Is Top 40 Radio Dead?

Radio has changed dramatically over the years and so have the formats of radio stations.  For years, the main formats of radio stations; the go to formats, were Oldies, CHR (Top 40), Adult Contemporary, Country, Rock, R & B, and Talk.  Radio stations would then narrow down these formats.  Rock vs Classic Rock, News Talk vs Sports Talk, etc.

Most of these formats still exist in some shape or form.  Sure, oldies formatted stations now consist of 70’s – 80’s music, but they are now called classic hit stations.  There is one format that is almost completely gone; which is very surprising based on its past success.  I am speaking of Top 40.  Technically it is now called CHR, (Contemporary Hit Music), but it is far from the true Top 40 formats of decades past.  In the 60’s and 70’s, Top 40 stations encompassed a lot of different types of music.  They played whatever the hits were and sometimes that meant playing Glen Campbell or Henry Mancini.  This began to change in the 1980’s but even then, Top 40 still had variety.  But the RIP to the Top 40 format really began around the mid 1990’s. 

There are several reasons for this.  One reason was the Top 40 chart itself.  Or, the Billboard Hot 100.  The Hot 100 was comprised of mainly airplay and singles sales since it began in 1958.  However, that method of tracking went away in the 90’s because no one was buying singles anymore.  There were no more 45’s.  The compact disc replaced vinyl, and CD singles were much more expensive than 45’s.  You might as well buy the whole CD.  Since the late 1960’s FM stations made the bands and artists bigger than the hits themselves, but this took on a whole other meaning in the 1990’s.  What this led to were more genre specific hit stations.  There were more genres to choose from too like grunge, hip hop and rap. 

Then came the technology which really put the stake in the Top 40 format’s heart.  CD’s were expensive and we had this little thing that got invented called the internet.  How did some people combat the price of CD’s?  File sharing, (AKA Napster).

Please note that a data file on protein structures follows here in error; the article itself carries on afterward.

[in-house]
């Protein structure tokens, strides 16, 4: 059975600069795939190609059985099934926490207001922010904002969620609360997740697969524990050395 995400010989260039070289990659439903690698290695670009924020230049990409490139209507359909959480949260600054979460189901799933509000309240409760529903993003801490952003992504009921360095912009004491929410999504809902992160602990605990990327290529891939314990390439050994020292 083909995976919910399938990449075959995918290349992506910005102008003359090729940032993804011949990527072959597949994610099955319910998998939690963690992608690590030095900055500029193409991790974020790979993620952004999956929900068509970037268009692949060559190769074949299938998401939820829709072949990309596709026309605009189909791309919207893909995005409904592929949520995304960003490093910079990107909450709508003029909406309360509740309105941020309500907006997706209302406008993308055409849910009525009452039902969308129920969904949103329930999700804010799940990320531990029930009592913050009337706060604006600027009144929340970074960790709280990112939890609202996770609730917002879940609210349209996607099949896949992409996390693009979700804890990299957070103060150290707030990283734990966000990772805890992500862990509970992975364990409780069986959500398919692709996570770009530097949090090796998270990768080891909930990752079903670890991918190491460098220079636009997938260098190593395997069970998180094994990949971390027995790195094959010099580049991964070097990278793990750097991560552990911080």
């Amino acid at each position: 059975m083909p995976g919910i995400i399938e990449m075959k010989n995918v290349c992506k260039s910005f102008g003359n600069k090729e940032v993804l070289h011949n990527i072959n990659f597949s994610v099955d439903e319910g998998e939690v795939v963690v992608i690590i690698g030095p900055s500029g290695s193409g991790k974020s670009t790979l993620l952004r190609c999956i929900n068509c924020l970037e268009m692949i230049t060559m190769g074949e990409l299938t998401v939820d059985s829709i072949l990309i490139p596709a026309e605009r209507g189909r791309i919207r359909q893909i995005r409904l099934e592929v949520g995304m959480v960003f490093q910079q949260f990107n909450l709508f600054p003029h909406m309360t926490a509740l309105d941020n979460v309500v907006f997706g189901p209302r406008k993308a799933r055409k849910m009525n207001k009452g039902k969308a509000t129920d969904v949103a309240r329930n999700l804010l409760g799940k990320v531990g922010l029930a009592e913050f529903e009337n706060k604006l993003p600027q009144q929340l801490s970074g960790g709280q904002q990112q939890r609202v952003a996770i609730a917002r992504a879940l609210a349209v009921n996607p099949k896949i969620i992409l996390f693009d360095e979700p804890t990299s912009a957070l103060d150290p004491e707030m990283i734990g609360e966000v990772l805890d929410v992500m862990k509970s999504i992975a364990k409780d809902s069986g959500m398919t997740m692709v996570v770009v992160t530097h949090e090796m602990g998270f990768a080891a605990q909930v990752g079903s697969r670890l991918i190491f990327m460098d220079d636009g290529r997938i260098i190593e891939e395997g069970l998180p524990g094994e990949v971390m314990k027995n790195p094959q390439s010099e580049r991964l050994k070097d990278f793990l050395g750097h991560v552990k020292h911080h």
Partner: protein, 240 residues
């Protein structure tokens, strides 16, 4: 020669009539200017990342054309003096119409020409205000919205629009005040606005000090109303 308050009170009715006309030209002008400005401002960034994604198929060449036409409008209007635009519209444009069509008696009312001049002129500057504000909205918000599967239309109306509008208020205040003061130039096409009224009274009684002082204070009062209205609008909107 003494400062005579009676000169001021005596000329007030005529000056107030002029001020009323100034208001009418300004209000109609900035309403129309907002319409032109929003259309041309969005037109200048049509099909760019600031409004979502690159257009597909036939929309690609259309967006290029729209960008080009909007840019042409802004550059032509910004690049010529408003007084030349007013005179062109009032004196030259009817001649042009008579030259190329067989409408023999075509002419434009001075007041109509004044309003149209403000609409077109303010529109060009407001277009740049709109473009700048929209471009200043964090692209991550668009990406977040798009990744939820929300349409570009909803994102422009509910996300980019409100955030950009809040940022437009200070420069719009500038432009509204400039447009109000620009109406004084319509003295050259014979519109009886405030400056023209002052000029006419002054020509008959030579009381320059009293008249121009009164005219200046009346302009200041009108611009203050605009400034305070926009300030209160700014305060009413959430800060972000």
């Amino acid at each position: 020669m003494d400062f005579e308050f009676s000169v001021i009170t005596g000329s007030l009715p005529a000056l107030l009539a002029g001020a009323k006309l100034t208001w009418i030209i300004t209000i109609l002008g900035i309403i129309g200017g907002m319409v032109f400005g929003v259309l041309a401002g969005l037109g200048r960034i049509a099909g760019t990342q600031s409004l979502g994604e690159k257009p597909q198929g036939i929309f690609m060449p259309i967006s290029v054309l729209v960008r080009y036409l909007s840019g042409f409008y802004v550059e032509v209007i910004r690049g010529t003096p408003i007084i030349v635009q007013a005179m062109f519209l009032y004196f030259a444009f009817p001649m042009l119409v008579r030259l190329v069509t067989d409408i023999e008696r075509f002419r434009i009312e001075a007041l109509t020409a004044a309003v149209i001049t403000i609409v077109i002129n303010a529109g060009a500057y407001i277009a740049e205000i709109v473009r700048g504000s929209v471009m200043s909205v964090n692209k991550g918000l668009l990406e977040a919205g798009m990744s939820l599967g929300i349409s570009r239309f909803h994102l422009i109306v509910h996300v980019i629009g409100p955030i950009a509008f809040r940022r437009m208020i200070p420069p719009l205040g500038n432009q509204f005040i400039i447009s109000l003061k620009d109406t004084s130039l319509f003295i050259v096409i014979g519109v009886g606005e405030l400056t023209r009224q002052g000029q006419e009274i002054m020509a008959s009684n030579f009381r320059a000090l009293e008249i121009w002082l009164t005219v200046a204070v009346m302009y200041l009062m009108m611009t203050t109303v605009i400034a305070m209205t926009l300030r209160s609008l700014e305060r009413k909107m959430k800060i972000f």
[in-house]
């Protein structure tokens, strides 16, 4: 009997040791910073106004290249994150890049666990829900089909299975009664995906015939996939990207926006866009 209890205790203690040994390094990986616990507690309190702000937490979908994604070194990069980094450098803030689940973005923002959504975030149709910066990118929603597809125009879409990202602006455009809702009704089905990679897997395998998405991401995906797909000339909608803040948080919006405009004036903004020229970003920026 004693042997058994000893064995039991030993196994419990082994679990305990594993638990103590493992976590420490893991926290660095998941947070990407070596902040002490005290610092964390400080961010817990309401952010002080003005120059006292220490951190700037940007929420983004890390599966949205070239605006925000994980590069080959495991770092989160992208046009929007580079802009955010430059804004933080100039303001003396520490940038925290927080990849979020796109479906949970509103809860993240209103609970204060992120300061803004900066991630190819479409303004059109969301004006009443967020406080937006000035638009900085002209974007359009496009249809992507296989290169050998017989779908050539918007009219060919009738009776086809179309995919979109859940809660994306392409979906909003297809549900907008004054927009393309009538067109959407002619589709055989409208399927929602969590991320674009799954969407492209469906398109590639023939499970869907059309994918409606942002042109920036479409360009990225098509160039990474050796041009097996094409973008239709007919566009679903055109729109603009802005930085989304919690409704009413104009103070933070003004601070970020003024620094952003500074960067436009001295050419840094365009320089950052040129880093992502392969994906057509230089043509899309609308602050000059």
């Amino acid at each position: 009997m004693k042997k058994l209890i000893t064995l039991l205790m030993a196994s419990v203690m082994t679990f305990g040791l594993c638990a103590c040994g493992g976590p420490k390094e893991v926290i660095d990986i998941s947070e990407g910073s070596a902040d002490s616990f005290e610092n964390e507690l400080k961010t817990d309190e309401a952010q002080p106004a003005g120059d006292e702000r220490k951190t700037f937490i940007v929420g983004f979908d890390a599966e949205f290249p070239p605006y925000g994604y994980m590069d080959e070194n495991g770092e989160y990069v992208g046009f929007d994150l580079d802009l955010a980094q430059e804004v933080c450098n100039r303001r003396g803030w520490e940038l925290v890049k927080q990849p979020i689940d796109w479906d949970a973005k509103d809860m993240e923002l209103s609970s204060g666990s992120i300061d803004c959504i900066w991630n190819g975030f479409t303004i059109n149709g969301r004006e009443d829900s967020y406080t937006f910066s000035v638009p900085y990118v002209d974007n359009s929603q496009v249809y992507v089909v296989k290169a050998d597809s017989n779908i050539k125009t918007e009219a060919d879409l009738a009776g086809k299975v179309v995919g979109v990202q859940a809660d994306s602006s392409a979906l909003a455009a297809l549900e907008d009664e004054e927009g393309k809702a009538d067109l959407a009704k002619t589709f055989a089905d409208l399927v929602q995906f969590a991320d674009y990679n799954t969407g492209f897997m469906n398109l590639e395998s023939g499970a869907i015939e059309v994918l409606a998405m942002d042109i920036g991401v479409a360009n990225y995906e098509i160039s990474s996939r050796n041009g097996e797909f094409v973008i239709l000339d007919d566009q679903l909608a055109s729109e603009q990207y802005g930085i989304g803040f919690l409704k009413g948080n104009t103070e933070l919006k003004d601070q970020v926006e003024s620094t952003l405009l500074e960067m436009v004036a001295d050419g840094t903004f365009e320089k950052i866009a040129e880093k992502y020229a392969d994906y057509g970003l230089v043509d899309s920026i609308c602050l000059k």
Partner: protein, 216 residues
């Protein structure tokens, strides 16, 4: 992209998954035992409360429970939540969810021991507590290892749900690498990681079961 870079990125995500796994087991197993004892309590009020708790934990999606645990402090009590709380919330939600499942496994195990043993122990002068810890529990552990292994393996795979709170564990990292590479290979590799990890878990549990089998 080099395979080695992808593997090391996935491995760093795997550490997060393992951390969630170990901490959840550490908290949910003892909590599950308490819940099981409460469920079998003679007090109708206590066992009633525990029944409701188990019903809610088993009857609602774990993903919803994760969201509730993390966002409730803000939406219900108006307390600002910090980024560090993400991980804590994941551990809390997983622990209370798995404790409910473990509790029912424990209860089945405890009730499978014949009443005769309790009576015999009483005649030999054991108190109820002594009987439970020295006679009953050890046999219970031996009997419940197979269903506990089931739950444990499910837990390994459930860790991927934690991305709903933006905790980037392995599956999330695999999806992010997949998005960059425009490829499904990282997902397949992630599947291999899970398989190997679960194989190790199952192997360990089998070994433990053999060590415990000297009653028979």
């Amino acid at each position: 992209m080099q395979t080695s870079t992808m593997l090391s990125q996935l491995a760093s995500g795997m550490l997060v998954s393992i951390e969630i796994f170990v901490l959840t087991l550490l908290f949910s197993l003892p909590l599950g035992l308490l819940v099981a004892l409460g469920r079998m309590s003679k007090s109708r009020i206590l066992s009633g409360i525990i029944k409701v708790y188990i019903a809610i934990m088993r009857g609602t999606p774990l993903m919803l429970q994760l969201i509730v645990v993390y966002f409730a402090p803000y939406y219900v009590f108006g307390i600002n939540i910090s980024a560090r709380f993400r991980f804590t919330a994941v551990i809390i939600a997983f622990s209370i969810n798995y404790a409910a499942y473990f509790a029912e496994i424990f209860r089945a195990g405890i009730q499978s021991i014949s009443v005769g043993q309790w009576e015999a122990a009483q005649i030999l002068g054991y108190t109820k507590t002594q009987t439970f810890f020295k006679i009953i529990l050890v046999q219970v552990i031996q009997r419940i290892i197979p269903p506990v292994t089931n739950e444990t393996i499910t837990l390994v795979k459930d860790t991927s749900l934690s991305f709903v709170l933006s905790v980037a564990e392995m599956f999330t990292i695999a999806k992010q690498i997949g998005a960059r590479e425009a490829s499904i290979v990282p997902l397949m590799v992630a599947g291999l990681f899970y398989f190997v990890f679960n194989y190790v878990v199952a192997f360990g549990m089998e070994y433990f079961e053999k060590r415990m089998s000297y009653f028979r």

Which brings us to the REAL reason why Top 40 radio is dead.  Our smart phones are today’s transistor radios.  We can listen to just about any station we want in the world or we can curate our own.  We can borrow playlists from celebrities or friends.  You no longer are forced to just listen to what is popular.  You can now limit your listening to what is popular with you.  What this means is that we collectively no longer really know what the big hits are anymore.  Sure, there will always be a catchy tune we all know like Call Me Maybe, but we no longer know what the number one song is.  American Top 40 is still around, but Ryan Seacrest is not Casey Kasem.  And that is not a criticism of Ryan Seacrest, it is simply a different show.  I cannot remember hearing Ryan give you any chart history like Casey did.  And perhaps we don’t care.  But there is a sprinkle of sadness to this.  We used to share more.  Actually, we share more now, but in forms of things like memes.  There was a time when we talked about the big nights on TV the next day.  There are so many TV options, you rarely watch the same thing someone else did the night before.  You may watch Game of Thrones, just like your friends do.  However, chances are, you binged watched it a different weekend than they did.  The Superbowl is one of the few times we still are connected in that way.  Probably the only other recent example is American Idol in its heyday. 

So, RIP Top 40 radio.  I guess a song like You Light Up My Life will never be big again.

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